1. What is your interest in diabetes?
I was diagnosed with type 1 diabetes 29 years ago, and my goal is to focus on what we do now that we’ve been diagnosed and are waiting for a cure. Basically, that is managing diabetes, making the right choices and becoming physically active. That is what the Diabetes and Wellness Foundation is about. We educate and provide tools and support for people to get off of the couch and to get active.
2. What is your involvement in the Diabetes and Wellness Foundation?
I am the founder. The Diabetes and Wellness Foundation came together about 1 year ago. I worked closely with the former Secretary of the Department of Health and Human Services, Tommy Thompson, and I talked publicly about being active and looking at diet and exercise as a therapy for diabetes. The foundation helps to counsel diabetic patients and helps them get busy. We also partnered with the Presidential Council for Physical Fitness and Sports. They now address the whole country, including adults. I approached them to help them cover the niche of diabetes because diabetic patients need the help of just getting busy.
3. What other activities do you do that help diabetic patients lead a healthy lifestyle?
The thing with diabetes is that when you introduce exercise, it adds a new dimension to your blood sugar levels, and you need to go in with your eyes wide open. We are here to say that you can become active, and day-to-day, your life is better. It’s more enhanced. You live longer with fewer diabetes complications.
I have been the national head coach for the Juvenile Diabetes Research Foundation for 4 years, getting people in to cycling as a fundraiser. I have discovered when you put a bunch of diabetic patients together, it is powerful. Being a diabetic is a lone-wolf existence because you manage your condition by yourself. When you get a bunch of folks together who have diabetes, they start exchanging ideas on how they manage their disease. The groupthink becomes more powerful, and I thought, “What if I would take a group of diabetic, have a physically challenging event and have the theme be diet and exercise?”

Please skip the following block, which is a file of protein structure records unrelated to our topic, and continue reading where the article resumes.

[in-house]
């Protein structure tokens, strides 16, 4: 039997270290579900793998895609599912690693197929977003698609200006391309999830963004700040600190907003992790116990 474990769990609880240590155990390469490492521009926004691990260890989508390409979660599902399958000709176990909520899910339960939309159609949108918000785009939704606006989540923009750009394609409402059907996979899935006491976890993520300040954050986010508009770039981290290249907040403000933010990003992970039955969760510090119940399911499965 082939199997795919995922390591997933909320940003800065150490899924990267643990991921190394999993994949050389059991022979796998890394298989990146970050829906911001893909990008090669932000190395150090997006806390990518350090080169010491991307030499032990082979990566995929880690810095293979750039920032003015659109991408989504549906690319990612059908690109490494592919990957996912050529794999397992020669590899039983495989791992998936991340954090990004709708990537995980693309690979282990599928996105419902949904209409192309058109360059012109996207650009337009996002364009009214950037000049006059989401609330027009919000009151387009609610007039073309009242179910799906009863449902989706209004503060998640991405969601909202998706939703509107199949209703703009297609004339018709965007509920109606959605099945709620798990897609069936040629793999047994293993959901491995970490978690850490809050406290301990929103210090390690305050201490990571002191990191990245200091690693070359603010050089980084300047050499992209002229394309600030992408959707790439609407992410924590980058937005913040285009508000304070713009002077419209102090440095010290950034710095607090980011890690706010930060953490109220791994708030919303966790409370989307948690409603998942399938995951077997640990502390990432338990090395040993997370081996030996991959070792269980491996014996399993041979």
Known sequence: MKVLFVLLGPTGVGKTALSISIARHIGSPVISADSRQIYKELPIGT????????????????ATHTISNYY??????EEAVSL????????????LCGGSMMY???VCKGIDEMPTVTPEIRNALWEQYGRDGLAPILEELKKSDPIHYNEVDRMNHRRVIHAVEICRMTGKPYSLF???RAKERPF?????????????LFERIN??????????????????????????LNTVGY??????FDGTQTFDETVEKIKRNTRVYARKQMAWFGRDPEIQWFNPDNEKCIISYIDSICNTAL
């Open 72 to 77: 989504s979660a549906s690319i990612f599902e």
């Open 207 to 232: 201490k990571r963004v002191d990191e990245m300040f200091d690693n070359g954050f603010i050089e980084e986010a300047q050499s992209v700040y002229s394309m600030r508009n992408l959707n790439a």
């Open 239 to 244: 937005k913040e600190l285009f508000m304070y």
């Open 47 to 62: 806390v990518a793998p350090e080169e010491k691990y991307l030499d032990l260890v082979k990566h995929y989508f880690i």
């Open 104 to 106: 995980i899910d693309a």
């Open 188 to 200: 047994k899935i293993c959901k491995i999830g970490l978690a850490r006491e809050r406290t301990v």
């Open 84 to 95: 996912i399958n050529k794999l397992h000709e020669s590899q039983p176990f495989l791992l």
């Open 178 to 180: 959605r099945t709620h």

4. What did this thought lead to?
I soon discovered that there has never been a diabetes-specific travel trip. I created the Diabetes Adventure Tours (as a travel arm to the Diabetes and Wellness Foundation) and partnered with Trek Bicycles. We want to fill this trip, and the goal is to do three, four, even five a year. It’s putting theory in to action.
Some people look at this trip and think it is a professional cycling trip. That is not the case. It’s about the novice: the person who wants to try to embrace an exercise program. I always tell people with diabetes that with exercise and endurance stuff, we have everything to think about that everyone with a functioning pancreas has to think about, but then we have this other layer carbohydrate intake and insulin levels. It is not insurmountable. Once you get that figured out, you get a new lease on life. There are things that you have to think about when you have diabetes, but you have to think about them while you are being active.
5. How has diabetes affected the way you live your life?
I have a phrase that l like to live by: “If you want to live a long healthy life, develop a chronic disease and manage it well.” So, what I like to say is that having diabetes does provide blessings. It has made me very sensitive to my body, its abilities and strengths and what encompasses eating correctly. I have never concentrated on its limitations. Diabetes puts the attention on your body and how to keep it healthy.